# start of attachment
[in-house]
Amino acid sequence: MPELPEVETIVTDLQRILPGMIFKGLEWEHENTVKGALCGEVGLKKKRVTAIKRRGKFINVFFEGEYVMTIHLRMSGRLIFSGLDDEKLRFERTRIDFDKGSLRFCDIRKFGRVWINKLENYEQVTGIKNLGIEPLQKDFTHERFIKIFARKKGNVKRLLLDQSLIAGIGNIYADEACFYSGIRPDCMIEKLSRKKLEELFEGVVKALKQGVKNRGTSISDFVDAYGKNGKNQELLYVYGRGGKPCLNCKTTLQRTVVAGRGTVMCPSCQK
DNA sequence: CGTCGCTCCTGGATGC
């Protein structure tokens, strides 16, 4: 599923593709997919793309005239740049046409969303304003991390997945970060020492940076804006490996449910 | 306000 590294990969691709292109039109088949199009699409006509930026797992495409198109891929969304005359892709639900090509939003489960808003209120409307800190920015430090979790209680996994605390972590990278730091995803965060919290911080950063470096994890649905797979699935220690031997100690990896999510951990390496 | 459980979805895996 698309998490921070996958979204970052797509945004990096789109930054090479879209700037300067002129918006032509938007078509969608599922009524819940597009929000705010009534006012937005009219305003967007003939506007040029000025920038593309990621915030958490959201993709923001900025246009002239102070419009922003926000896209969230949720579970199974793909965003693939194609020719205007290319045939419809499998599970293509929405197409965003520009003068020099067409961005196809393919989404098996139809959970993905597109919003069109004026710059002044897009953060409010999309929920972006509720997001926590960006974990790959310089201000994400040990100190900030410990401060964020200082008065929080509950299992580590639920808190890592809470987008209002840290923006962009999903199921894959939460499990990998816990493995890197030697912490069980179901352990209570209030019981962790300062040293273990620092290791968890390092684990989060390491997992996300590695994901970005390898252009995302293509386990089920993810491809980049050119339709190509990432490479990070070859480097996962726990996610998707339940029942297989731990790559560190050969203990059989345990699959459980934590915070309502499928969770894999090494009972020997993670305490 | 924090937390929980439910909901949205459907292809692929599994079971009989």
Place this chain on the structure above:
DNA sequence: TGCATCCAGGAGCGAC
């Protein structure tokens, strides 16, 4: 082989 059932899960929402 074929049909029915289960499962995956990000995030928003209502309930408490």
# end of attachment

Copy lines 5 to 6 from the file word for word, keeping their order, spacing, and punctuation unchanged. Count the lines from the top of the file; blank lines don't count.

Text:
Place this chain on the structure above:
DNA sequence: TGCATCCAGGAGCGAC